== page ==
The chemical structure of pyochelin-GA was further confirmed via total synthesis, NMR, and LC-MS/MS analysis (Supplementary Material and Methods, and Figs. S47). The purified pyochelin and pyochelin-GA were also evaluated for their iron-chelating ability. Chrome Azurol S assay indicated that pyochelin had the dose-dependent iron-chelating ability, but pyochelin-GA had lower iron-binding efficiency (Fig. 1C, Fig. S8). Pyochelin chelates iron in the extracellular medium and transports it into cells via the specific outer membrane transporter FptA. The X-ray structure of FptA-pyochelin-Fe indicated that the terminal carboxylic acid of pyochelin plays an essential role in the iron uptake ability [14, 15]. Our docking analysis suggested that the glycolic ester moiety of pyochelin-GA would affect the binding pocket shape of FptA and result in different binding properties compared to FptA-pyochelin (Fig. S9).

Pyochelin and ent-pyochelin are produced independently by different biosynthetic gene clusters in Pseudomonas species [16]. To determine whether P. noxius 2252 can transform both enantiomers via this esterification process, we treated P. noxius 2252 with the extracts of pyochelin producers (P. aeruginosa PAO1 and B. cenocepacia 869T2) and an ent-pyochelin producer (P. protegens Pf-5). After 8 h of treatment, both pyochelin and ent-pyochelin were converted to pyochelin-GA (or ent-pyochelin-GA) (Fig. 1D), demonstrating this is a non-stereospecific transformation.

To better understand the iron-chelating ability of pyochelin, we used pyochelin and pyochelin-GA to treat P. noxius 2252 under iron-deficiency conditions, by adding the iron chelator deferoxamine, and iron-rich conditions by adding FeCl3 (Fig. 2). Pyochelin-GA did not affect the growth of P. noxius 2252 under all conditions. However, P. noxius 2252 was more sensitive to pyochelin in iron-deficient conditions and more resistant to pyochelin in iron-rich conditions, demonstrating that iron availability directly affected the tolerance of P. noxius 2252 to pyochelin. A similar phenomenon was reported previously for Aspergillus fumigatus [17].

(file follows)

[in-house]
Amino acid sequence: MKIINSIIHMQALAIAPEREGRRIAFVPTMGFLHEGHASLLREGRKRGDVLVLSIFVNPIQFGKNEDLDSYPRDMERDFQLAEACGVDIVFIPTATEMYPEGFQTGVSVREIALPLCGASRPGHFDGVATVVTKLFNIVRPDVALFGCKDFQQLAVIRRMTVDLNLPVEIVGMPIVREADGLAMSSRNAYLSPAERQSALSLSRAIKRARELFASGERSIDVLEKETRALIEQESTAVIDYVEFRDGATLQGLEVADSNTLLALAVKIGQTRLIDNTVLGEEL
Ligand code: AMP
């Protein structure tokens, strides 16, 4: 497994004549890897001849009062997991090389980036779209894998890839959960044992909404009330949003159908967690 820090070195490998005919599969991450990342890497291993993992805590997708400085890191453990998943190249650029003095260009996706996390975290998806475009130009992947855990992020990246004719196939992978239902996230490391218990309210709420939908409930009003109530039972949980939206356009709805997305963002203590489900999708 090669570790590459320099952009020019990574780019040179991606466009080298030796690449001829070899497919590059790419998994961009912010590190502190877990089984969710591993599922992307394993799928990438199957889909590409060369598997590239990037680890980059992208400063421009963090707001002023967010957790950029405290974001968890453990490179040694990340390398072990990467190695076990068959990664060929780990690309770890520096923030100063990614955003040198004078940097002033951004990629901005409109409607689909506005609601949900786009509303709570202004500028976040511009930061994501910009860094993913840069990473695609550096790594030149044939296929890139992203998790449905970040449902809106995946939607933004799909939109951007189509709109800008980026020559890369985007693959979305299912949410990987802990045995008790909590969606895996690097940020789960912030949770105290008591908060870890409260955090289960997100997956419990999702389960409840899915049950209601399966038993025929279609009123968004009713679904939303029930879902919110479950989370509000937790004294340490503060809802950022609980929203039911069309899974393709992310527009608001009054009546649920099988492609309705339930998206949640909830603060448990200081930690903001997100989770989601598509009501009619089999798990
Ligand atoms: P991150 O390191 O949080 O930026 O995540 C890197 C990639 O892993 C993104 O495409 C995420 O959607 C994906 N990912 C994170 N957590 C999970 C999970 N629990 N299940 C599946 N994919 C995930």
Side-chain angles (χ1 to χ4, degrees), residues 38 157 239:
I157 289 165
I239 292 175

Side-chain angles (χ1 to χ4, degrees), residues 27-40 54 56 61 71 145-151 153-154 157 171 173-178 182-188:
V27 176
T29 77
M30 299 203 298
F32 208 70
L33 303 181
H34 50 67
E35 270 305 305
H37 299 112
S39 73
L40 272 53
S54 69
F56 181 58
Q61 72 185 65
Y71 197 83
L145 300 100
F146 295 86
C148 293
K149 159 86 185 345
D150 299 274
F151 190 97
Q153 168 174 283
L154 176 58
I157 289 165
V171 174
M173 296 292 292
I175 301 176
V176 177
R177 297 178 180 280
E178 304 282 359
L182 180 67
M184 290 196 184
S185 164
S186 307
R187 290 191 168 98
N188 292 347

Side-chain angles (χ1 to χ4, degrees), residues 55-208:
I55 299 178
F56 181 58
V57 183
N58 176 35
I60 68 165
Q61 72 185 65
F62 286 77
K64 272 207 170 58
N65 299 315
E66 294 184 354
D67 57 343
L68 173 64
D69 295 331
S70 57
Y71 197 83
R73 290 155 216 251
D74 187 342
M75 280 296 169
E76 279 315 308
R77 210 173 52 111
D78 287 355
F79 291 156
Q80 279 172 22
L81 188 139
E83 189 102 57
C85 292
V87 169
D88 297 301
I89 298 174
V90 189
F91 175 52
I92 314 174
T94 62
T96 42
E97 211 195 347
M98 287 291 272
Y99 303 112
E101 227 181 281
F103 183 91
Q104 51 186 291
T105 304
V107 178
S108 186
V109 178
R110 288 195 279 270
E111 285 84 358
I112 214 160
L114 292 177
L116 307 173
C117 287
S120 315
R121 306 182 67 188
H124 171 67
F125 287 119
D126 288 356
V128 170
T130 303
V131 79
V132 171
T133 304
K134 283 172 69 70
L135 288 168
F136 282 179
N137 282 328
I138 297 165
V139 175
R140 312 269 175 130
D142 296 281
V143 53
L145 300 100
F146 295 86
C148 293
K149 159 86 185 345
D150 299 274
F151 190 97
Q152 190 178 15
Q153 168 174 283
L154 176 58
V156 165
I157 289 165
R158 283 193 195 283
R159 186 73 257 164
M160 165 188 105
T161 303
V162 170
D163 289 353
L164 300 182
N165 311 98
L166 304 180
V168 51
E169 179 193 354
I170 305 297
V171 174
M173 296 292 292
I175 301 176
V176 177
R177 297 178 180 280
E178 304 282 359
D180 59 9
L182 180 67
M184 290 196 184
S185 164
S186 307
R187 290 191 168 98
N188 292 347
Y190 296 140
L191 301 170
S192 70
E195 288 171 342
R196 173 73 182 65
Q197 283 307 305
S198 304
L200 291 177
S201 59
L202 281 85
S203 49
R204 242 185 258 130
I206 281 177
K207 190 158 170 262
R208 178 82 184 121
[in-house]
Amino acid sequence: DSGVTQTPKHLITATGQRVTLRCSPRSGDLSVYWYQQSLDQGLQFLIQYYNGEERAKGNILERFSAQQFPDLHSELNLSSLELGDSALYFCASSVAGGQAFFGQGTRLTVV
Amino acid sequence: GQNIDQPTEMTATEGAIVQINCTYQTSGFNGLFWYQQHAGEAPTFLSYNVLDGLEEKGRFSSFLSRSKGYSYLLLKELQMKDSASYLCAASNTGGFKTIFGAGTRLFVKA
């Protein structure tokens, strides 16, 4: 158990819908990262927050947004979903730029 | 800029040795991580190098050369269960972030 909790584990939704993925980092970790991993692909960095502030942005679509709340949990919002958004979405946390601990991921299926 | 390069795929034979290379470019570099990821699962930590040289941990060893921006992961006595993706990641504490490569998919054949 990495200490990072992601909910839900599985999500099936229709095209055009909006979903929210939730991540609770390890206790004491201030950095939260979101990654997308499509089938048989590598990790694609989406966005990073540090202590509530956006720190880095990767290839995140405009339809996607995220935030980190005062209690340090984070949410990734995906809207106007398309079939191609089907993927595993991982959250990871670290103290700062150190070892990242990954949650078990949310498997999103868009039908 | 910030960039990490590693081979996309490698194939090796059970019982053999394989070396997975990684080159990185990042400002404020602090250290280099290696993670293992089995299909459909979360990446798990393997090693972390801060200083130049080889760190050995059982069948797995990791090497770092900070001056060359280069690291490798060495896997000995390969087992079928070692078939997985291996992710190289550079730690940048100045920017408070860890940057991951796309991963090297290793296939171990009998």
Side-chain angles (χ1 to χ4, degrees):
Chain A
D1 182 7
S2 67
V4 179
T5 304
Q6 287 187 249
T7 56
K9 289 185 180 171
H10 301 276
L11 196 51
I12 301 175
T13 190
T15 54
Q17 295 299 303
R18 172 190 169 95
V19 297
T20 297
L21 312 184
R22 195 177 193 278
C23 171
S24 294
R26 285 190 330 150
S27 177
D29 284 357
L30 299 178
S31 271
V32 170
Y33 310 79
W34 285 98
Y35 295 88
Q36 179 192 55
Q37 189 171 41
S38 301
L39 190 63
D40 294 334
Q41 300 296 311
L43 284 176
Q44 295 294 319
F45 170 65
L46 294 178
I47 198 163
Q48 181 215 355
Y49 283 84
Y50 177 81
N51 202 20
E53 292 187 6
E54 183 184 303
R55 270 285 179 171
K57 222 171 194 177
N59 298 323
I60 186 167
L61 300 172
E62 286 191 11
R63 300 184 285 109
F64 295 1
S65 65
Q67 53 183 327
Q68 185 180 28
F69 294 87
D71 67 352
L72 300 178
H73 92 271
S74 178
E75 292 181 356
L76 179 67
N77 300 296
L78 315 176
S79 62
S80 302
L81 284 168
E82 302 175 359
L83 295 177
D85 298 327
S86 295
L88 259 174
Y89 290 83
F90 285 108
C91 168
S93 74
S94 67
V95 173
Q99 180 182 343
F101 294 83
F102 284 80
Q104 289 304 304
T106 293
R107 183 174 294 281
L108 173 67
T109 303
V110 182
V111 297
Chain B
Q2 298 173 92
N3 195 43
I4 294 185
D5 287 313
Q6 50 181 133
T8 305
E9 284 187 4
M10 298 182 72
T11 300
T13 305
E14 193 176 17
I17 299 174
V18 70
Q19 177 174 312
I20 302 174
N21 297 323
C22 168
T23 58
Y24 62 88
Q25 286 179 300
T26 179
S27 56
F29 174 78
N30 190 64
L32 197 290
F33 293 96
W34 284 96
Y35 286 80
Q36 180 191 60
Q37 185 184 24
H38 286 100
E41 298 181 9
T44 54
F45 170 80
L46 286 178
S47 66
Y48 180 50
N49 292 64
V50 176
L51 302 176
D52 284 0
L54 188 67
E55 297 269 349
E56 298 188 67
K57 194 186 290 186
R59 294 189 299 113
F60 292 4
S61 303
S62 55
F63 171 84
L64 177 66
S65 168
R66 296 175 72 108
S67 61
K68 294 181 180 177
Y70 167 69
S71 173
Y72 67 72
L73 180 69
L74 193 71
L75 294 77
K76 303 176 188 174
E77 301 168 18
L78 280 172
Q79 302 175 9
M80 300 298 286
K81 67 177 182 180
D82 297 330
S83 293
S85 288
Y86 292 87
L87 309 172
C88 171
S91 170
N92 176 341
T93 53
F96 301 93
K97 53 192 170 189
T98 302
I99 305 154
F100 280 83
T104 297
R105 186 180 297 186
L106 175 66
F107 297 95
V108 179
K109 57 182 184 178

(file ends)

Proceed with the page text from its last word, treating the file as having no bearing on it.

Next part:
Fig. 2: Pyochelin inhibition of mycelial growth of Phellinus noxius 2252 is inversely associated with iron concentration.
figure 2

Pyochelin-GA did not have an inhibition effect on P. noxius 2252. Potato dextrose agar (PDA) with deferoxamine (DFO; 200 and 400 µM) was used to mimic iron-deficiency conditions. Iron-rich conditions was prepared by adding FeCl3 (200 and 400 µM) in PDA. P. noxius 2252 was treated with 0.03, 0.06, 0.12, and 0.24 µmol of pyochelin or pyochelin-GA at 30 °C for 24 h. The antifungal assay was performed in two biological replicates.

Using MALDI-TOF IMS analysis of the dual-culture of B. cenocepacia 869T2 and P. noxius 2252, we observed that several metabolites (e.g., m/z 275, 362, and 427) were only observed in the boundary of fungal mycelia (Fig. 1A). Although those metabolites were not detected in the dual-culture of ΔpchF and P. noxius 2252 (Fig. 1A), they were present when we treated P. noxius 2252 with pyochelin (Fig. S10). We identified the metabolite associated with m/z 427 as dehydroergosterol peroxide (DHEP) (Fig. S11), which was initially oxidized from ergosterol and dehydroergosterol [18]. Pyochelin can enhance intercellular reactive oxygen species (ROS) and ultimately disrupts membrane integrity, leading to cell death [17, 19, 20]. To clarify whether ROS induced the accumulation of DHEP, we treated P. noxius 2252 with pyochelin, pyochelin-GA, and 2,2′-bipyridyl (an iron chelator). Pyochelin and 2,2′-bipyridyl showed antifungal effects on P. noxius 2252 and induced ROS production (Fig. S12). However, the accumulation of DHEP in P. noxius 2252 was only associated with pyochelin treatment (Fig. S13). The induction of ROS in P. noxius 2252 by pyochelin and pyochelin-GA was not significantly different (Fig. S14). Therefore, we predict that pyochelin-induced accumulation of DHEP in P. noxius 2252 is independent of ROS production and iron-deficiency.

Overall, we demonstrate that pyochelin transformation by fungi, in the interaction between pyochelin-producing bacteria and the plant pathogen P. noxius transforms pyochelin and ent-pyochelin into pyochelin-GA (and ent-pyochelin-GA). This product no longer functions as an iron chelator and no longer shows antifungal activity. The production of a fungal metabolite, dehydroergosterol peroxide, was induced explicitly by pyochelin through an unknown mechanism. These results highlight the importance of monitoring dynamic changes of metabolites in situ to better understand the functions and influences of metabolites on microbial community interactions.